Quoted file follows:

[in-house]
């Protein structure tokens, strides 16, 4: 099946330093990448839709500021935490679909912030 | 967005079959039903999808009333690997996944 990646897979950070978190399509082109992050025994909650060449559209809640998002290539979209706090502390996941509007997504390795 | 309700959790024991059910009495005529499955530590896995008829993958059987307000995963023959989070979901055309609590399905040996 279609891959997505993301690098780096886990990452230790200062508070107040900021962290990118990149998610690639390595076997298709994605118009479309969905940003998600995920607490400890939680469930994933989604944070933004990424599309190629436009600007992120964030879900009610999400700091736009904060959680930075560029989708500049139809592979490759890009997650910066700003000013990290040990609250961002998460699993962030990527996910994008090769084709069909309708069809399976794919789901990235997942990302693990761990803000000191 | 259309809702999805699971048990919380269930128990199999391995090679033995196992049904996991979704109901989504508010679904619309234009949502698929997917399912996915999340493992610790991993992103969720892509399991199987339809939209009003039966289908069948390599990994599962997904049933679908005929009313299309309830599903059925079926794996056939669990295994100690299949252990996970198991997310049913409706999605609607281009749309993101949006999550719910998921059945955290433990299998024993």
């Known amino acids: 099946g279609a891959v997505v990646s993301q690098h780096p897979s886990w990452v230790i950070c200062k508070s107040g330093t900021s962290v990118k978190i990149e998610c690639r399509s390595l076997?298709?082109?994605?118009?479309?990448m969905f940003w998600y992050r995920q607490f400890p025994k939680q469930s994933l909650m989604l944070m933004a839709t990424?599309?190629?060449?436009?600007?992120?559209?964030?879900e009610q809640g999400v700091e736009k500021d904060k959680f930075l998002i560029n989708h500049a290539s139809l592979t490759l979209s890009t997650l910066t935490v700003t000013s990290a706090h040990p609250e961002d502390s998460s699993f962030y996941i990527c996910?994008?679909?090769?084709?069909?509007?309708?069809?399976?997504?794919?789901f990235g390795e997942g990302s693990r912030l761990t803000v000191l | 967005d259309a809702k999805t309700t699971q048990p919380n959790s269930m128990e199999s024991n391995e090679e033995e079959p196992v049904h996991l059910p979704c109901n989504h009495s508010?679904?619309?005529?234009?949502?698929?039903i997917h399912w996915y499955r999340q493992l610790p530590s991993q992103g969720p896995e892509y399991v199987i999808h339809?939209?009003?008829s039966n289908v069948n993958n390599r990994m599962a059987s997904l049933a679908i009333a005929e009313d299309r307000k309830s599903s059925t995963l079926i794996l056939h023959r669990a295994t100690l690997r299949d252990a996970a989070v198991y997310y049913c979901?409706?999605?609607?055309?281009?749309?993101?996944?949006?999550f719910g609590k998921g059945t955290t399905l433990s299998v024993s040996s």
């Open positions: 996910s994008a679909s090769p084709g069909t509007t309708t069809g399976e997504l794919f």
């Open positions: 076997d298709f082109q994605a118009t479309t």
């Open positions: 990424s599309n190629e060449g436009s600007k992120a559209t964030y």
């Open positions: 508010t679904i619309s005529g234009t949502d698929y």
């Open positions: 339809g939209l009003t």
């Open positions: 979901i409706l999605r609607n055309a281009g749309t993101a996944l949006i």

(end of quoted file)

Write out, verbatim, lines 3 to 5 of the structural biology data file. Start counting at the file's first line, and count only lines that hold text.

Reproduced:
């Known amino acids: 099946g279609a891959v997505v990646s993301q690098h780096p897979s886990w990452v230790i950070c200062k508070s107040g330093t900021s962290v990118k978190i990149e998610c690639r399509s390595l076997?298709?082109?994605?118009?479309?990448m969905f940003w998600y992050r995920q607490f400890p025994k939680q469930s994933l909650m989604l944070m933004a839709t990424?599309?190629?060449?436009?600007?992120?559209?964030?879900e009610q809640g999400v700091e736009k500021d904060k959680f930075l998002i560029n989708h500049a290539s139809l592979t490759l979209s890009t997650l910066t935490v700003t000013s990290a706090h040990p609250e961002d502390s998460s699993f962030y996941i990527c996910?994008?679909?090769?084709?069909?509007?309708?069809?399976?997504?794919?789901f990235g390795e997942g990302s693990r912030l761990t803000v000191l | 967005d259309a809702k999805t309700t699971q048990p919380n959790s269930m128990e199999s024991n391995e090679e033995e079959p196992v049904h996991l059910p979704c109901n989504h009495s508010?679904?619309?005529?234009?949502?698929?039903i997917h399912w996915y499955r999340q493992l610790p530590s991993q992103g969720p896995e892509y399991v199987i999808h339809?939209?009003?008829s039966n289908v069948n993958n390599r990994m599962a059987s997904l049933a679908i009333a005929e009313d299309r307000k309830s599903s059925t995963l079926i794996l056939h023959r669990a295994t100690l690997r299949d252990a996970a989070v198991y997310y049913c979901?409706?999605?609607?055309?281009?749309?993101?996944?949006?999550f719910g609590k998921g059945t955290t399905l433990s299998v024993s040996s």
């Open positions: 996910s994008a679909s090769p084709g069909t509007t309708t069809g399976e997504l794919f």
């Open positions: 076997d298709f082109q994605a118009t479309t």